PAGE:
The Fourth In­dus­trial Rev­o­lu­tion

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Rotman Management Magazine - - NEWS - By Klaus Sch­wab

Tech­no­log­i­cal in­no­va­tions are fu­elling mo­men­tous change through­out the world, gen­er­at­ing great ben­e­fits and chal­lenges, in equal mea­sure.

Tech­no­log­i­cal in­no­va­tions are fu­elling mo­men­tous change through­out the world, gen­er­at­ing great ben­e­fits and chal­lenges, in equal mea­sure.

revo­lu­tions have oc­curred when new techTHROUGHOUT HIS­TORY, nolo­gies and novel ways of per­ceiv­ing the world trig­ger a pro­found change in eco­nomic sys­tems and so­cial struc­tures. The first pro­found shift — the tran­si­tion from for­ag­ing to farm­ing — hap­pened 10,000 years ago, and was made pos­si­ble by the do­mes­ti­ca­tion of an­i­mals. The agrar­ian rev­o­lu­tion com­bined the ef­forts of an­i­mals with those of hu­mans for the pur­pose of pro­duc­tion, trans­porta­tion and com­mu­ni­ca­tion. Lit­tle by lit­tle, food pro­duc­tion im­proved, spurring pop­u­la­tion growth and en­abling larger hu­man set­tle­ments and the rise of cities.

The agrar­ian rev­o­lu­tion was fol­lowed by a se­ries of in­dus­trial revo­lu­tions that be­gan in the sec­ond half of the 18th cen­tury, with the first span­ning from about 1760 to 1840. Trig­gered by the con­struc­tion of rail­roads and the in­ven­tion of the steam en­gine, it ush­ered in me­chan­i­cal pro­duc­tion. The sec­ond, which started in the late 19th cen­tury and into the early 20th cen­tury, made mass pro­duc­tion pos­si­ble, fos­tered by the ad­vent of elec­tric­ity and the as­sem­bly line. The third in­dus­trial rev­o­lu­tion be­gan in the 1960s. It is usu­ally called the com­puter or dig­i­tal rev­o­lu­tion be­cause it was cat­alyzed by the de­vel­op­ment of semi­con­duc­tors, main­frame com­put­ing (1960s), per­sonal com­put­ing (1970s and 80s) and the In­ter­net (1990s).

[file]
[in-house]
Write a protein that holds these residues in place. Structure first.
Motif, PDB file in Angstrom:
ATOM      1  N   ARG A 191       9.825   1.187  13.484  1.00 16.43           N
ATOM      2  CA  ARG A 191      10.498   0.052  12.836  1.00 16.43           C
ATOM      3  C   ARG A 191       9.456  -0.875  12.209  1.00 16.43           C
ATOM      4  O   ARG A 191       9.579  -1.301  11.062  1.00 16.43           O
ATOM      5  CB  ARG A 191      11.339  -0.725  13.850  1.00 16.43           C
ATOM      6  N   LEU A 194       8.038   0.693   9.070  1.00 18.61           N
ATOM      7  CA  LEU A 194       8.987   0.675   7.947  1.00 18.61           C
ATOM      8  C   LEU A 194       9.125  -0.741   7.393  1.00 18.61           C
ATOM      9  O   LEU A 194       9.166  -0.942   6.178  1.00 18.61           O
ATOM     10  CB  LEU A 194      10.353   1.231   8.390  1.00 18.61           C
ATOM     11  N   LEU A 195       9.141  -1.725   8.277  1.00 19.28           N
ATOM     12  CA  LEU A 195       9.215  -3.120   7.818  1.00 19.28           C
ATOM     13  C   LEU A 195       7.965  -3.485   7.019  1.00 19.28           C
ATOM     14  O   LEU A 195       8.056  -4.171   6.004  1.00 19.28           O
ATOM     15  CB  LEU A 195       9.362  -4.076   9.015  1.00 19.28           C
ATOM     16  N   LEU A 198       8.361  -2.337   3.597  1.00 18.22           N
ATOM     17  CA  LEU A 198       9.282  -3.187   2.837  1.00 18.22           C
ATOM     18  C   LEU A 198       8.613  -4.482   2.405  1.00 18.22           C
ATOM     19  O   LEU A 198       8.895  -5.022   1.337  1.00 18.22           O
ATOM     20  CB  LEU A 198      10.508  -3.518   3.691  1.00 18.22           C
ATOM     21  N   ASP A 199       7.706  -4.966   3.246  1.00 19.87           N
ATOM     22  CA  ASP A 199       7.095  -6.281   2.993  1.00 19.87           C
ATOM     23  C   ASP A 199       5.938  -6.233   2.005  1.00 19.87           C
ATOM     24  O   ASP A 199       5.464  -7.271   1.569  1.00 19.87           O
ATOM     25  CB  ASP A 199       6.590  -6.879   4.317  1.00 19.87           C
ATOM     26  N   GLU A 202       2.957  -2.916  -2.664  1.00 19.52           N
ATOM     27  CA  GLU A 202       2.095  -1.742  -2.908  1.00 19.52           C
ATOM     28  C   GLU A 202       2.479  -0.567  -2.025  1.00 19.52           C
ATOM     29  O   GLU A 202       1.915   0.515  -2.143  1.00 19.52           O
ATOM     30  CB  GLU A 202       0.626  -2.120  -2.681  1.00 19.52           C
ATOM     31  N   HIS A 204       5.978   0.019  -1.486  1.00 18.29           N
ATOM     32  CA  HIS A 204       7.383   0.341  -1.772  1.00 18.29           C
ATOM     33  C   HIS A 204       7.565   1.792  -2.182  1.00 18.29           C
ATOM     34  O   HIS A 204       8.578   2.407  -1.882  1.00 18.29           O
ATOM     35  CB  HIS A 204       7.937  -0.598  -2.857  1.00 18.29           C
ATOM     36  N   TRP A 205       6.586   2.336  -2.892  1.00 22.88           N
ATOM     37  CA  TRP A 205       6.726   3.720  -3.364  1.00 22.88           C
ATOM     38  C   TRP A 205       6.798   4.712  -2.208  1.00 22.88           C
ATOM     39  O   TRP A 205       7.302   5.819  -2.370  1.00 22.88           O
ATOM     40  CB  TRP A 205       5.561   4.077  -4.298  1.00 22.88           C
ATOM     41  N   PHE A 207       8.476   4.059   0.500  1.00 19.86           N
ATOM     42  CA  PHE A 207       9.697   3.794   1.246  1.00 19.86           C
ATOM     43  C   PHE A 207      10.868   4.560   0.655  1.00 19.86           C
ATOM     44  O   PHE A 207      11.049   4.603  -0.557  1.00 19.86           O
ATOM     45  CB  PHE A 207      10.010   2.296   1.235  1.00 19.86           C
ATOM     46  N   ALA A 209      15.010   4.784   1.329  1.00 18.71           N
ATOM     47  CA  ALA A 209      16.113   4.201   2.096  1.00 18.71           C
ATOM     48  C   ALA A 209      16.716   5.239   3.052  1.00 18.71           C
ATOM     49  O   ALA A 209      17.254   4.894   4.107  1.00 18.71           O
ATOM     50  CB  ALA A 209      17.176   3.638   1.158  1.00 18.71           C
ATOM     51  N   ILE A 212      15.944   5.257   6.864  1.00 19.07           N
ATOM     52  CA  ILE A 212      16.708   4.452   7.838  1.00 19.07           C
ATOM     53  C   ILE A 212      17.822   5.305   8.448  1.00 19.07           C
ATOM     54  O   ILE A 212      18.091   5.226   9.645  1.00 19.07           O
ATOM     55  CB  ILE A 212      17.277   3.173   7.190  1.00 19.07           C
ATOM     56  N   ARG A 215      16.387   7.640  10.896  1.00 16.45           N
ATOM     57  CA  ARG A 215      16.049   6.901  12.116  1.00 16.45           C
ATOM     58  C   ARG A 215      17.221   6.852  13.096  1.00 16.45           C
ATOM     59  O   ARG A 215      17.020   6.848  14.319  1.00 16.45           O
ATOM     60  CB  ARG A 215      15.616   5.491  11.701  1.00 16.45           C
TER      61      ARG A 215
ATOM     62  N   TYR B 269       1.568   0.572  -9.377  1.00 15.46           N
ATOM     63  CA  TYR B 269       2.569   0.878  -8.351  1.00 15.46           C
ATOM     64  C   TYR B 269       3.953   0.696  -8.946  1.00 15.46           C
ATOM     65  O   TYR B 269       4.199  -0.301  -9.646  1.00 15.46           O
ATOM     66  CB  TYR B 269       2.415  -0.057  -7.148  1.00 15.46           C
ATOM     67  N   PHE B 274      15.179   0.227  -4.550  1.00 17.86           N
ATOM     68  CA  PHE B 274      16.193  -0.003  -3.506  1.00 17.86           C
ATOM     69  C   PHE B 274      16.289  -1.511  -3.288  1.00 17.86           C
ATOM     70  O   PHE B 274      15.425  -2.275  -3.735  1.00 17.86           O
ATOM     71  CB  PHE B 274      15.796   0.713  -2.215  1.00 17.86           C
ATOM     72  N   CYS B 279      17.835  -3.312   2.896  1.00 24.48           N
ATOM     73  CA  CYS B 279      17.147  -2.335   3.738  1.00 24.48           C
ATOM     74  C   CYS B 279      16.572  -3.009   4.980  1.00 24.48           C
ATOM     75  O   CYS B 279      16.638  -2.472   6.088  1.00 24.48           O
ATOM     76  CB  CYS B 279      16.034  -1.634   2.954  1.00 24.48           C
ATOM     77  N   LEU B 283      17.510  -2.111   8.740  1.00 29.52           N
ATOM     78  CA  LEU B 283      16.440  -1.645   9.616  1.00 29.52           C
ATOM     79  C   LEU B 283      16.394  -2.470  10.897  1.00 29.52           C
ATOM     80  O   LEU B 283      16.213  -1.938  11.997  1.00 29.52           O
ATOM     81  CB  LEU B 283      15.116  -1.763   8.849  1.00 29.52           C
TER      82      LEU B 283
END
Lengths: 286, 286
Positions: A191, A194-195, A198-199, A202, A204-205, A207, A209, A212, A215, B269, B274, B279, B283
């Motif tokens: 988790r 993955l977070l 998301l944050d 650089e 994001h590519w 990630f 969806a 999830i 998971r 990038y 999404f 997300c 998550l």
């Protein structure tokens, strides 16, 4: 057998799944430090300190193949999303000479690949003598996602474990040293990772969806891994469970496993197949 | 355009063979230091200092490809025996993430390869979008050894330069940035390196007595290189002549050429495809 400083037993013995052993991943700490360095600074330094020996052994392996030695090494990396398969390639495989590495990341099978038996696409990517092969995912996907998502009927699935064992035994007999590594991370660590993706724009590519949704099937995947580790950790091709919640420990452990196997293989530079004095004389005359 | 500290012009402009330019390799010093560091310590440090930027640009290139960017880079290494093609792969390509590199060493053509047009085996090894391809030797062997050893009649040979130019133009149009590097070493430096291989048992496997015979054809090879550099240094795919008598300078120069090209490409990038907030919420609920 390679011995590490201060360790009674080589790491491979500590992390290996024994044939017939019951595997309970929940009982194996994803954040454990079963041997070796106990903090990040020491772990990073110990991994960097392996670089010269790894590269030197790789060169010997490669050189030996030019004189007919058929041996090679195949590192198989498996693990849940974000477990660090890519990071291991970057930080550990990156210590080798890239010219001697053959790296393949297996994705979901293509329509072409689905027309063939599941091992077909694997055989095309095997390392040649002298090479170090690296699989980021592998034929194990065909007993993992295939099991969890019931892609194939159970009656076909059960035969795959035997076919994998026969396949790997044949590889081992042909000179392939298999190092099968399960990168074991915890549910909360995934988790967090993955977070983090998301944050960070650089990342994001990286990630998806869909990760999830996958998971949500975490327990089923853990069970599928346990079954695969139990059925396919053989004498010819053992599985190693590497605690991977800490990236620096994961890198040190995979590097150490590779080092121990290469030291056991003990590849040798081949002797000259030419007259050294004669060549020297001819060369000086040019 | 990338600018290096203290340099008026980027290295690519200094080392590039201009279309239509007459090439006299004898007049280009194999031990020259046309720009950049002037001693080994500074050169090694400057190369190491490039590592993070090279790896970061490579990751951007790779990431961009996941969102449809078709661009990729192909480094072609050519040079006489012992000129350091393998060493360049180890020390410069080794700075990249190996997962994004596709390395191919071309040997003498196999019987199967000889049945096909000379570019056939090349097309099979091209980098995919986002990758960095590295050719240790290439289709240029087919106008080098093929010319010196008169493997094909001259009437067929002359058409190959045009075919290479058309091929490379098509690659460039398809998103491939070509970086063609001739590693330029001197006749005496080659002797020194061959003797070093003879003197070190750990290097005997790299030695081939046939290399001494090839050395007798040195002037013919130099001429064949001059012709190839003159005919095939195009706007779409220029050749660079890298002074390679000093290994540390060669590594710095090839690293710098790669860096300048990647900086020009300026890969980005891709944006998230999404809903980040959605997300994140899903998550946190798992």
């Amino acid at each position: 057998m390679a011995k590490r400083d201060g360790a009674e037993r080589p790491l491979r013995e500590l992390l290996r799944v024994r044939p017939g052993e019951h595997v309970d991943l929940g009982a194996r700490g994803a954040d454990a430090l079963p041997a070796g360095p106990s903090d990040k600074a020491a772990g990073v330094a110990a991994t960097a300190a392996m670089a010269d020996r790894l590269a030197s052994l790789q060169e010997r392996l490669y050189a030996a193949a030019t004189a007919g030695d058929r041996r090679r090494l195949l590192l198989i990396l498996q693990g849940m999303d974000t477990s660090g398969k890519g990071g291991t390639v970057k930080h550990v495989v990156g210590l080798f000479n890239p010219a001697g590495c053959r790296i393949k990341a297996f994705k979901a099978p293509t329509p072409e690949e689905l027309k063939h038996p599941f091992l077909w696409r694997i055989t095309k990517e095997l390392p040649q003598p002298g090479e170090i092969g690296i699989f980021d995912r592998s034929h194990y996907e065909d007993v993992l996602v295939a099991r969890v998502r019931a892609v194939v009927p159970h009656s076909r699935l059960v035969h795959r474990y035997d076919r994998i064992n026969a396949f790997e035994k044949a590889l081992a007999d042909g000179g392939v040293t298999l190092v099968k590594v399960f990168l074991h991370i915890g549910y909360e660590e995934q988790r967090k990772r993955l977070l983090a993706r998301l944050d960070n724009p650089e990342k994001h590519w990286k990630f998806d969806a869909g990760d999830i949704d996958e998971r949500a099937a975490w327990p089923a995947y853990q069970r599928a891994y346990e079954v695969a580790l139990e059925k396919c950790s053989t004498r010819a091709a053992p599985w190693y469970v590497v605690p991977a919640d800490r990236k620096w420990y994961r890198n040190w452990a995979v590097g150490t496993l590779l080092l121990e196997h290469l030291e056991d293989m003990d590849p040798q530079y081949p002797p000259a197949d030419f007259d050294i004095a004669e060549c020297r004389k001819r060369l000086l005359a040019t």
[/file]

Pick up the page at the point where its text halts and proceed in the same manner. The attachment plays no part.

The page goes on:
To­day, we are in the midst of a fourth in­dus­trial rev­o­lu­tion that be­gan at the turn of this cen­tury and builds on the dig­i­tal rev­o­lu­tion. In this ar­ti­cle I will de­scribe the chal­lenges and op­por­tu­ni­ties it presents for mod­ern busi­ness lead­ers.

A Dif­fer­ent Kind of Rev­o­lu­tion

The fourth in­dus­trial rev­o­lu­tion is not just about smart and con­nected ma­chines and sys­tems: its scope is much wider. Oc­cur­ring si­mul­ta­ne­ously are waves of fur­ther break­throughs in ar­eas rang­ing from gene se­quenc­ing to nan­otech­nol­ogy, from re­new­ables to quan­tum com­put­ing. It is the fu­sion of th­ese tech­nolo­gies — and their in­ter­ac­tion across the phys­i­cal, dig­i­tal and bi­o­log­i­cal do­mains — that make this rev­o­lu­tion fun­da­men­tally dif­fer­ent from its pre­de­ces­sors.

Emerg­ing tech­nolo­gies and broad-based in­no­va­tion are dif­fus­ing much faster and more widely than in pre­vi­ous revo­lu­tions — which con­tinue to un­fold in some parts of the world. The sec­ond in­dus­trial rev­o­lu­tion, for in­stance, has yet to be fully ex­pe­ri­enced by 17 per cent of the world, as nearly 1.3 bil­lion peo­ple still lack ac­cess to elec­tric­ity. This is also true for the third in­dus­trial

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